Defenses Against Drug Possession Allegations

When you are the defendant, a drug possession case can feel hopeless. The charges and the evidence are clear. The police claim to have found drugs on you, and they make their arrest. From there, the authorities will try to convince you that the case is your word vs. theirs. They want to secure their conviction and move on.

As with any criminal charge, however, the facts are not always that simple. Even if you undeniably had drugs in your possession, you could still mount a credible defense against your charges in court.

Tell your attorney every detail about your arrest and the evidence the police have. Then see which of the following drug possession defenses apply to you.

The Drugs Were Not Yours

Even if drugs are directly in your pocket at the time of an arrest, it doesn’t mean you owned them. Here are some examples of how that scenario might work.

Unwitting Possession

You could have drugs on you and be completely unaware of it. This is called “unwitting possession.” Perhaps you borrowed a friend’s clothes, and they forgot to remove their stash from the pockets. Maybe you are driving someone else’s car, not realizing there are drugs in the glove compartment.

The police have a responsibility to track down a drug’s true owner. If they fail to meet that obligation, you could avoid being blamed for possession.

Direct Possession

It’s important for the police to directly connect you to the drugs in question. This may not be as simple as it sounds. For instance, imagine the police entering a party. While there, they find several people surrounding a table with drugs on it. It takes a big assumption to pin possession on any one person.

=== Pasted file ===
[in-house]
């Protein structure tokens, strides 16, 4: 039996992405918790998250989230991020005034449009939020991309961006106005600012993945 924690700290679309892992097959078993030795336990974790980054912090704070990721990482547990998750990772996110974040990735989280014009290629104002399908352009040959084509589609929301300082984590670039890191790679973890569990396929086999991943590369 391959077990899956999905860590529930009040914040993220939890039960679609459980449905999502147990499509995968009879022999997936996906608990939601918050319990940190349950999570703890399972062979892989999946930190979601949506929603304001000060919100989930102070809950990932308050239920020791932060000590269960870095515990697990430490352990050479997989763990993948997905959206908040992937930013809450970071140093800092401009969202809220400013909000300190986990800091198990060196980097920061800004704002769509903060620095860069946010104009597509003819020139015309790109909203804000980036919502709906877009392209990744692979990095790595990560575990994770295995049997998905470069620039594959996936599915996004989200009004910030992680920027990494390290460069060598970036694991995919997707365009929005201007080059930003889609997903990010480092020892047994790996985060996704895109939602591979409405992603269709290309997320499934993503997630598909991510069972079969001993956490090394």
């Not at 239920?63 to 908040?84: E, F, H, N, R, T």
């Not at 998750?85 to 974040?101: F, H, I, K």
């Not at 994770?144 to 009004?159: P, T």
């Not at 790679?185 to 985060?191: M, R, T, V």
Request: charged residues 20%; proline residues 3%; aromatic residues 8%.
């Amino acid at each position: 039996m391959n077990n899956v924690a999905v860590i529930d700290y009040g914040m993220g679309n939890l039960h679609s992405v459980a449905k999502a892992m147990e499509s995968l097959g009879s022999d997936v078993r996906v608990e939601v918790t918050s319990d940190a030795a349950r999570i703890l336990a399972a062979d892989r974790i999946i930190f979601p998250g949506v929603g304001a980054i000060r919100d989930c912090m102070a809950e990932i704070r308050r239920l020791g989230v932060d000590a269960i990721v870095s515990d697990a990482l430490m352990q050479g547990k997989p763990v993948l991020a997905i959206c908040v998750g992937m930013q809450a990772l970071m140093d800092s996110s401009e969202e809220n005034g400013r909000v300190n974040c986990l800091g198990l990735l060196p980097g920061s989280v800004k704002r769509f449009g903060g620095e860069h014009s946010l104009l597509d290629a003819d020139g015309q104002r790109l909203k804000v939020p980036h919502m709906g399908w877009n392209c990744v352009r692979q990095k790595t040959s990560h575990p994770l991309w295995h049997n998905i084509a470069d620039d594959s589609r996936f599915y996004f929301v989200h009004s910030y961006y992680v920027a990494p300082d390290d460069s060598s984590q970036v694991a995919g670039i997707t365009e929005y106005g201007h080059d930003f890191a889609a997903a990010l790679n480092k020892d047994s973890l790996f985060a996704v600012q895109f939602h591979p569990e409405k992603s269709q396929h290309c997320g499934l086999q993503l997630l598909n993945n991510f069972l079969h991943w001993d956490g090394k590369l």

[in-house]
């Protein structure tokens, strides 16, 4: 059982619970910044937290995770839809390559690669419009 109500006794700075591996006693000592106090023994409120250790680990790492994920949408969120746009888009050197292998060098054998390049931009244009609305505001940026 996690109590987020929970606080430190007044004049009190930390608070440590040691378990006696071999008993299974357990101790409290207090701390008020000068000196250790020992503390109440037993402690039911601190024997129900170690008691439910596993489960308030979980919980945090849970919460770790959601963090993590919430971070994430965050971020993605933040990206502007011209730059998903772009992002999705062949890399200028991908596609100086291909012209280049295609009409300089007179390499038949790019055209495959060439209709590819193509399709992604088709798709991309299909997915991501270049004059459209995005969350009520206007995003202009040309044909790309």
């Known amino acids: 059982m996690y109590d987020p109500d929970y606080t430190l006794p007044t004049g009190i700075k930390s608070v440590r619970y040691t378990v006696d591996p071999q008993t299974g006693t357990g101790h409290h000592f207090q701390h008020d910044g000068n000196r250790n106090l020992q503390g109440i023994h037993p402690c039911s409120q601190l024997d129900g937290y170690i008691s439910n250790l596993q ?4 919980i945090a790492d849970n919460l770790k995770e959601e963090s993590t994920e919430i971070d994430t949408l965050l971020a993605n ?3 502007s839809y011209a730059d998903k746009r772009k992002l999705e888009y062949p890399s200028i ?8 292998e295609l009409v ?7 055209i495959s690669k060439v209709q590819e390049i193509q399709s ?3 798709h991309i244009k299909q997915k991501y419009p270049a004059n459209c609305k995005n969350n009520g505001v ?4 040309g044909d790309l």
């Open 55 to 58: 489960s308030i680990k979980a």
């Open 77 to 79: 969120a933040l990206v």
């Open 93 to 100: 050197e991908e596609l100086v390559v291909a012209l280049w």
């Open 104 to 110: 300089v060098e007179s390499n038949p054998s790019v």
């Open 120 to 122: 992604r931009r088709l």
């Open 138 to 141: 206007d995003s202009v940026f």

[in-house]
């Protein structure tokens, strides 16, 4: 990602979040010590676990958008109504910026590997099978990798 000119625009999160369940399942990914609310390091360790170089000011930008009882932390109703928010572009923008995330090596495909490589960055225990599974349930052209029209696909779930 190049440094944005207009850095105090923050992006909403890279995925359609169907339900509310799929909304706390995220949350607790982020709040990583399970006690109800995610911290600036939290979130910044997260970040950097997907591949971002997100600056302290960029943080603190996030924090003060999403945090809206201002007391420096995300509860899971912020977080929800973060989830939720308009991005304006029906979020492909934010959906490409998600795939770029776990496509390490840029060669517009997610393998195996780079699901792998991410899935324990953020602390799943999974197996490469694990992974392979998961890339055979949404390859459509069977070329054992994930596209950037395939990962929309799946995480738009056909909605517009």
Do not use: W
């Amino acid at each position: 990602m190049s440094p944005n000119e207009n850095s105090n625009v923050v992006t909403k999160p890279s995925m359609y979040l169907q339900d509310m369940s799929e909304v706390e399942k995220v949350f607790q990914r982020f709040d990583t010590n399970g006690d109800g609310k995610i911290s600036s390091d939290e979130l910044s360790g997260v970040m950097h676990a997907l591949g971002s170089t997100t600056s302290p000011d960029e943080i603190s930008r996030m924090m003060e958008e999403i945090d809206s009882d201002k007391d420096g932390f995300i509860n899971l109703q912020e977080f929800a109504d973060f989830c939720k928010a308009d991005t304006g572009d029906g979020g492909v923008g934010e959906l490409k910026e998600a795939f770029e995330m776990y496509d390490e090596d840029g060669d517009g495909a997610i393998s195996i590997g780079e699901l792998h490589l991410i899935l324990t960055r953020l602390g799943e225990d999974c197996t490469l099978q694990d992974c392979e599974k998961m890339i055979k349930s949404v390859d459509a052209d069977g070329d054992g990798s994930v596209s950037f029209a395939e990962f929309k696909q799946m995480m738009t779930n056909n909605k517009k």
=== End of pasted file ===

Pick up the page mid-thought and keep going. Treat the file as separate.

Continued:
Being near drugs is not the same as possessing drugs. If the police cannot specifically connect you to the contraband, you may be able to walk free from the case.


Sometimes a person is fully aware of the fact that they have drugs, but they didn’t have a choice but to carry them. The drug world is full of dangerous characters who want to distance themselves from legal troubles. They often use violence and intimidation to force people to transport or sell product for them.

If your drug possession was the result of fearing for your life, you were operating under duress. This is a valid defense strategy in court, and it could help you maintain your freedom.

The Police Behaved Inappropriately

In any arrest, it’s important to thoroughly scrutinize the police’s actions and procedures. If they behave inappropriately or incorrectly follow protocol, your case can be thrown out. In those situations, it may not matter if the defendant is guilty or not.

Police can be guilty of abusing their authority. Perhaps they plant drugs on the suspect. They could also force a confession from someone, even after they’ve read the suspect their Miranda rights. Another example of abuse is entrapment. This is where police lure someone into committing a crime. (Note: This is not the same as an undercover investigation.)

If the police have a search warrant, they must stay within the boundaries of that warrant. Anything illegal they find in the area can be used in the case. Police do not have the right to travel elsewhere in your home, and if they do, anything they find in those forbidden areas should not be held against you.

If you’ve been charged with drug possession, contact our office now for help. You can call (801) 901-7046 during normal business hours, or you can schedule time with us online.